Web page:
• This brings me to the sub-point of 1 — Normalized animal cruelty. I mused yesterday — What if being an animal lover is an evolutionary advantage? It would deter you from eating any and every species, lowering chances of catching and spreading new diseases. Everyone thought that people who fight for animal rights are so pie in the sky (of which I am one; I am a local animal rescuer) — "Humans have problems that need to be solved first." Now look — a pandemic. People love to cherry-pick culture for good and exotic and sexy parts, make it a fun conversation piece. However every culture entails bad points too, of which traditions of consuming species at random while not having a high-standard mindset for raising and keeping them can be one. Having standards for how animals are treated and listening to people who care about that may not be so fanciful after all. How wildlife trade is linked to coronavirus. So whereas before I may have been obligated to make this point separate from my issues with hygiene, I think now we can agree it's related. 

2. Intellectually under-stimulating: 

This begins with the nature of my work — always one-sided, poorly elaborated, and predictable views (quick, easy, and gratifying to digest for those who like it). Alternative views do not exist. The habit of not expanding how you might actually feel on certain subjects pervades the culture, even among expats.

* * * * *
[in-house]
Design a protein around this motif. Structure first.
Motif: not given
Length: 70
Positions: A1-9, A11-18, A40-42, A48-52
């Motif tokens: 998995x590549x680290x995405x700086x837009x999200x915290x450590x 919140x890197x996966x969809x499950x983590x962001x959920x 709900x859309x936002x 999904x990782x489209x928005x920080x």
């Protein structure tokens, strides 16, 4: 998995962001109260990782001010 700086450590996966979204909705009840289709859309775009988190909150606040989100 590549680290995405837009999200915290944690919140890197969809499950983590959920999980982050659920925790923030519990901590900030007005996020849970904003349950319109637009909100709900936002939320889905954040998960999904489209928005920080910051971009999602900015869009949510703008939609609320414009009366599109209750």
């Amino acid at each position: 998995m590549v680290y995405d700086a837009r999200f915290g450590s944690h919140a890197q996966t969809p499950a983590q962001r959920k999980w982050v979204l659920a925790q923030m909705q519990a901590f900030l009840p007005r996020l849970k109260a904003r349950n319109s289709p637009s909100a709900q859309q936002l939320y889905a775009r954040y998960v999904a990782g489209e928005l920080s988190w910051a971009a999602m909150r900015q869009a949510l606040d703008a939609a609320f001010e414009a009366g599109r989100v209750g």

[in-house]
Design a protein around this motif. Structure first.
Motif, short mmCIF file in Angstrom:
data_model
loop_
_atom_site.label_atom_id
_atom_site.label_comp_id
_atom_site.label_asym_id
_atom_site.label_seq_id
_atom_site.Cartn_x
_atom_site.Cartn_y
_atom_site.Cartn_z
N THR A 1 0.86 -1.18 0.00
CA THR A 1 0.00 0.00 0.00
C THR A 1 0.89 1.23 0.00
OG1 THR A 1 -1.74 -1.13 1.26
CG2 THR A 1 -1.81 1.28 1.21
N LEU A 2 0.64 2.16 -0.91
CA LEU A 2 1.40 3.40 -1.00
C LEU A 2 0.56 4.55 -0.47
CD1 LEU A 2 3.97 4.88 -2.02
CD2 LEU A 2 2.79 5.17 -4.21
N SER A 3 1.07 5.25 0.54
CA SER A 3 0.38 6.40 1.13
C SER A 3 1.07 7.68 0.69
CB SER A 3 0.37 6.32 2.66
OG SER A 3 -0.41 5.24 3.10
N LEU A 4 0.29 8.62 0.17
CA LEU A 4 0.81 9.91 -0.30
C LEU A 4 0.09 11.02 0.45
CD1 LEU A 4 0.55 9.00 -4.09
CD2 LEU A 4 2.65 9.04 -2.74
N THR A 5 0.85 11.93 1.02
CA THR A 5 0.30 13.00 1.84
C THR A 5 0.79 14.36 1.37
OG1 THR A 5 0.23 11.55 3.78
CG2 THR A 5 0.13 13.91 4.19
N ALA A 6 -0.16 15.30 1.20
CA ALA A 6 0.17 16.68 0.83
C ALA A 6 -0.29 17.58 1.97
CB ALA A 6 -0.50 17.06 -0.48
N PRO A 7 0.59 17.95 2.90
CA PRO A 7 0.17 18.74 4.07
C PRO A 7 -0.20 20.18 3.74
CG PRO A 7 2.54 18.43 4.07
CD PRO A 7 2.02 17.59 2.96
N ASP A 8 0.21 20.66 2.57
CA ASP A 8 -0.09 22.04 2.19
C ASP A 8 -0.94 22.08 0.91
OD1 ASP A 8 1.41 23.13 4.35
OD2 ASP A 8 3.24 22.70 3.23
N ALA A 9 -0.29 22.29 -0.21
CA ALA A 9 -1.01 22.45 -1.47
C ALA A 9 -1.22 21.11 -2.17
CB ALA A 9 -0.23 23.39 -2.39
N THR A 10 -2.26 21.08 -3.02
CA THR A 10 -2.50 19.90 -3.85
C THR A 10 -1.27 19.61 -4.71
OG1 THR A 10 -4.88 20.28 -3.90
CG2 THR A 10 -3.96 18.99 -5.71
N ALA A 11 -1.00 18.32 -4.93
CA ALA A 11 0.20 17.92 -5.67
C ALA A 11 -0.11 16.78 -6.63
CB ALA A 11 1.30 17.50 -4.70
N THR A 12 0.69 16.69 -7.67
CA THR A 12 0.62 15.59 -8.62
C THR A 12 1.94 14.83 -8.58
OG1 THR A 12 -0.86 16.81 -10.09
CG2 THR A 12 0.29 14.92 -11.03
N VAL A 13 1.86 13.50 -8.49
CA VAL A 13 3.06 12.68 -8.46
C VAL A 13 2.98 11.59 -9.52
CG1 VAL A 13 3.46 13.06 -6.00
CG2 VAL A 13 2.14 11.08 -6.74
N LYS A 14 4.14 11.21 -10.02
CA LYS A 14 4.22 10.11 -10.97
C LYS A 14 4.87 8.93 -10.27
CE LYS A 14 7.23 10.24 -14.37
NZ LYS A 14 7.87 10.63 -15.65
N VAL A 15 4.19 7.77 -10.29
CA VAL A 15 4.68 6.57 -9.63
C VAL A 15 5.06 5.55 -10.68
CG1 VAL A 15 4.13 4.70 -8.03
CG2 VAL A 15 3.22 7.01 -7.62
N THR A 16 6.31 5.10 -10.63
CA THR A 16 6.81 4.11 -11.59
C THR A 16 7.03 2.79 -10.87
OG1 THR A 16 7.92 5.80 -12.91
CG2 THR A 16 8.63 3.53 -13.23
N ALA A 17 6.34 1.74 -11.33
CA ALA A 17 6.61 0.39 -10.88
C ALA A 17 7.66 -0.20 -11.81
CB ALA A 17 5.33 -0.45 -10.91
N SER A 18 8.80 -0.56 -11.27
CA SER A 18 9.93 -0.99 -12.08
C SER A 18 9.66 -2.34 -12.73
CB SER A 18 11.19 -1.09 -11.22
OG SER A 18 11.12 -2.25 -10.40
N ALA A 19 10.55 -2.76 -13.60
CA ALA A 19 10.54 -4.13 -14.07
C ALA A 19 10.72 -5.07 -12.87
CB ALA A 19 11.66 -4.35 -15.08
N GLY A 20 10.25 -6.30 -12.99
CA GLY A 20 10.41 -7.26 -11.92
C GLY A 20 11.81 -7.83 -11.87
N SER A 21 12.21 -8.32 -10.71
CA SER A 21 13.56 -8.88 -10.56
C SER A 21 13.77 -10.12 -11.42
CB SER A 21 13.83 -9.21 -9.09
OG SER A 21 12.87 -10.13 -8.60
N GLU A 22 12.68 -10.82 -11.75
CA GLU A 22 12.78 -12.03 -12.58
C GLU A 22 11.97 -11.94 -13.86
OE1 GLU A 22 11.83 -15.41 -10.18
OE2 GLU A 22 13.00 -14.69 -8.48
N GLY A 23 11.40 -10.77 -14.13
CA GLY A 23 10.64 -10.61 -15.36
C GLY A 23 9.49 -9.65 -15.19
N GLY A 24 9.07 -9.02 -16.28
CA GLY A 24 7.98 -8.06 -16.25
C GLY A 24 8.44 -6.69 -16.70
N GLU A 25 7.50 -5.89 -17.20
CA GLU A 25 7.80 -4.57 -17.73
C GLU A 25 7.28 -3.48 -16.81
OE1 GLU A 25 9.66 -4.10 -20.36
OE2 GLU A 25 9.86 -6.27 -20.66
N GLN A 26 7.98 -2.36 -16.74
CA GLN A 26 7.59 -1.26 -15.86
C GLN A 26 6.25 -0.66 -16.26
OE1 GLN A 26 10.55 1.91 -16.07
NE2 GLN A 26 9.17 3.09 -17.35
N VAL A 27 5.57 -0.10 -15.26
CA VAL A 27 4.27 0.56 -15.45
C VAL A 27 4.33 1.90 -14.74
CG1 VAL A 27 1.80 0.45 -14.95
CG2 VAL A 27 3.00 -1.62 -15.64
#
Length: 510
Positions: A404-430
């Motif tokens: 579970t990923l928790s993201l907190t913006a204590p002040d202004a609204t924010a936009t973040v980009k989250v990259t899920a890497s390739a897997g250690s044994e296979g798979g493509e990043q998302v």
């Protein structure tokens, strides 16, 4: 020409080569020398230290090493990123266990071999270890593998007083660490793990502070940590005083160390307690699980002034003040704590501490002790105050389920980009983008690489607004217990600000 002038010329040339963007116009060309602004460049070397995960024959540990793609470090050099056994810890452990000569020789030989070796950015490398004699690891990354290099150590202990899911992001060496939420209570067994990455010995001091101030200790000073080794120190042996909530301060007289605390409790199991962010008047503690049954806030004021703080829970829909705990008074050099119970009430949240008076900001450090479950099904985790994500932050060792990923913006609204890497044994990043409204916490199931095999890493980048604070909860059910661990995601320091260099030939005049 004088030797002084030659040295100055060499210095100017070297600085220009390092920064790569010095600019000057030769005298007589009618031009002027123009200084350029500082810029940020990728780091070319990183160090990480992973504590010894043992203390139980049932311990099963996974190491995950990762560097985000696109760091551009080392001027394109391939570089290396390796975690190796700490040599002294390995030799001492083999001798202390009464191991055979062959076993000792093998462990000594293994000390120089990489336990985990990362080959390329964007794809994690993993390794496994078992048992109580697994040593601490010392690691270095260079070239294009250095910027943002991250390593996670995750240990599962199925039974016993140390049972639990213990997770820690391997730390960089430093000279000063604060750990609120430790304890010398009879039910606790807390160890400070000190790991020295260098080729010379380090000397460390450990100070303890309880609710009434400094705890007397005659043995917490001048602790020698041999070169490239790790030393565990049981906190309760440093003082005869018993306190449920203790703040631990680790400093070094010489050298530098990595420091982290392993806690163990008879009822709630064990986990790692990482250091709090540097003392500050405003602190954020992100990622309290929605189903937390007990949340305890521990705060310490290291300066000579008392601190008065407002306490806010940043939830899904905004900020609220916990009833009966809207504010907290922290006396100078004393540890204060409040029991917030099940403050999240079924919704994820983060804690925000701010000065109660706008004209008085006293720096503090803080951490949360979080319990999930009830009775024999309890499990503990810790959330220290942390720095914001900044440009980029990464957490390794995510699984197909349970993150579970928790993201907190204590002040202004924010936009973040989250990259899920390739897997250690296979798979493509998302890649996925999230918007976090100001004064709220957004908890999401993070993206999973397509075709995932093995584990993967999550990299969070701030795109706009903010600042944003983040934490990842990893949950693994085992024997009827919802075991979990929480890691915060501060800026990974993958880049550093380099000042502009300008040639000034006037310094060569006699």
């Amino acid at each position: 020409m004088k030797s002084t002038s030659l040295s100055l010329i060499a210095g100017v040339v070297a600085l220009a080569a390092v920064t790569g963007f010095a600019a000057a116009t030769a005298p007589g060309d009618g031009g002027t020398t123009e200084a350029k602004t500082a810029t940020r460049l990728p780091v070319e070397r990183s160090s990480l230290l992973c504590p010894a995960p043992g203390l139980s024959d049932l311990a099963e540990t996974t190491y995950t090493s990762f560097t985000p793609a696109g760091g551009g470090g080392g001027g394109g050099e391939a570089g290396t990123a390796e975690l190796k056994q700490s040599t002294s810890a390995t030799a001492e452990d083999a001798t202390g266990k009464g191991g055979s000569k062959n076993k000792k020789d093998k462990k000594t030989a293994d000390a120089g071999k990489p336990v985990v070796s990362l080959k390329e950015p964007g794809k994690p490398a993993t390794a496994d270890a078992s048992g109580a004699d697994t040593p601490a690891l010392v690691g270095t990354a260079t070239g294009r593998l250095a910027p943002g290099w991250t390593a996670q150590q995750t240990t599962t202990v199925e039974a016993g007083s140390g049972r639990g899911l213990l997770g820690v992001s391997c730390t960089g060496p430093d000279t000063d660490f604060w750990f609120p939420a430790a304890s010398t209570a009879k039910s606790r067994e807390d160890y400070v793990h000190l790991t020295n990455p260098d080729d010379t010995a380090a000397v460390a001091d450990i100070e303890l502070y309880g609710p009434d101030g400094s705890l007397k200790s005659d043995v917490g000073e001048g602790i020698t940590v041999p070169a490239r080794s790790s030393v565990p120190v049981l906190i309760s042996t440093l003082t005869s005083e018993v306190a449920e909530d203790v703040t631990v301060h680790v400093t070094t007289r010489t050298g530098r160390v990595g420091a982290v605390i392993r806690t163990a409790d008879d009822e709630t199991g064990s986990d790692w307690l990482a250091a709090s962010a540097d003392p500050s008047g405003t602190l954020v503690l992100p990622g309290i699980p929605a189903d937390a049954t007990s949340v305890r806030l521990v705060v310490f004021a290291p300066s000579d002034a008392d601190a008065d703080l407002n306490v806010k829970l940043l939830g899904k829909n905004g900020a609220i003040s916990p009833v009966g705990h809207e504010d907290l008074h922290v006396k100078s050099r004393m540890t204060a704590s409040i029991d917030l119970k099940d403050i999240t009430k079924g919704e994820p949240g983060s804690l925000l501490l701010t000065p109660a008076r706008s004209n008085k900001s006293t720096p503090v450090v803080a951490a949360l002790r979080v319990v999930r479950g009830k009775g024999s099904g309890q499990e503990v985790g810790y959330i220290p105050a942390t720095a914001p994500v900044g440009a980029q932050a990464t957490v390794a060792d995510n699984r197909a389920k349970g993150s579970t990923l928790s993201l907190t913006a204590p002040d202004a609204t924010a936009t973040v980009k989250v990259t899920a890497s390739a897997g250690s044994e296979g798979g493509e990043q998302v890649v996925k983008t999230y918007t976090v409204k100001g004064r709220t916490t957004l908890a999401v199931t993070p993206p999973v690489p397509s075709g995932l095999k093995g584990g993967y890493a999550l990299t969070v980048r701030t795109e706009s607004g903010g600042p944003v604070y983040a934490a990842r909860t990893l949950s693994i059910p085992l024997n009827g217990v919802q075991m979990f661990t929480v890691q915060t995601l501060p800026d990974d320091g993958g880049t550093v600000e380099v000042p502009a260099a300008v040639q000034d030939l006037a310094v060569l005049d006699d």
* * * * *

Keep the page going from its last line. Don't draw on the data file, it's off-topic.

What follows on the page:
And even with VPNs, the type of information and opportunities you have access to are affected. For example, the field I am going into — psychology — is completely unendorsed here. They would call it "Western psychology" and that it is simply unfit for Chinese people. (An "us-them" mindset is just presumed.) I can guarantee Chinese mental health workers do not use valid constructs as a basis for treatment but are only permitted to work on the basis of what the Party promotes. Beyond this, western mental health counselors and psychologists cannot obtain a work visa to practice and serve the foreign population in China. Only foreign psychiatrists — doctors who prescribe medication and are not necessarily trained in therapeutic approaches — are legally permitted to work in hospitals. (Of course foreigner mental health "professionals" DO still work and provide services here more or less under the radar.) Notice the marks around "professionals." The result of not having professional standards for English- or foreign-speaking mental health professionals in China is that there is an influx of poor quality services and unqualified people calling themselves all sorts of titles. There is one man here who holds a Sociology PhD who calls himself a Psychologist. In the U.S. where I'm from, it takes a Clinical Psychology PhD PLUS 2-4 years of supervised practice AND obtaining a license BEFORE you can call yourself a psychologist. The strange effect of barring off information is that it promotes misinformation and keeps professional and intellectual standards low. The fields of psychology and mental health are just one example.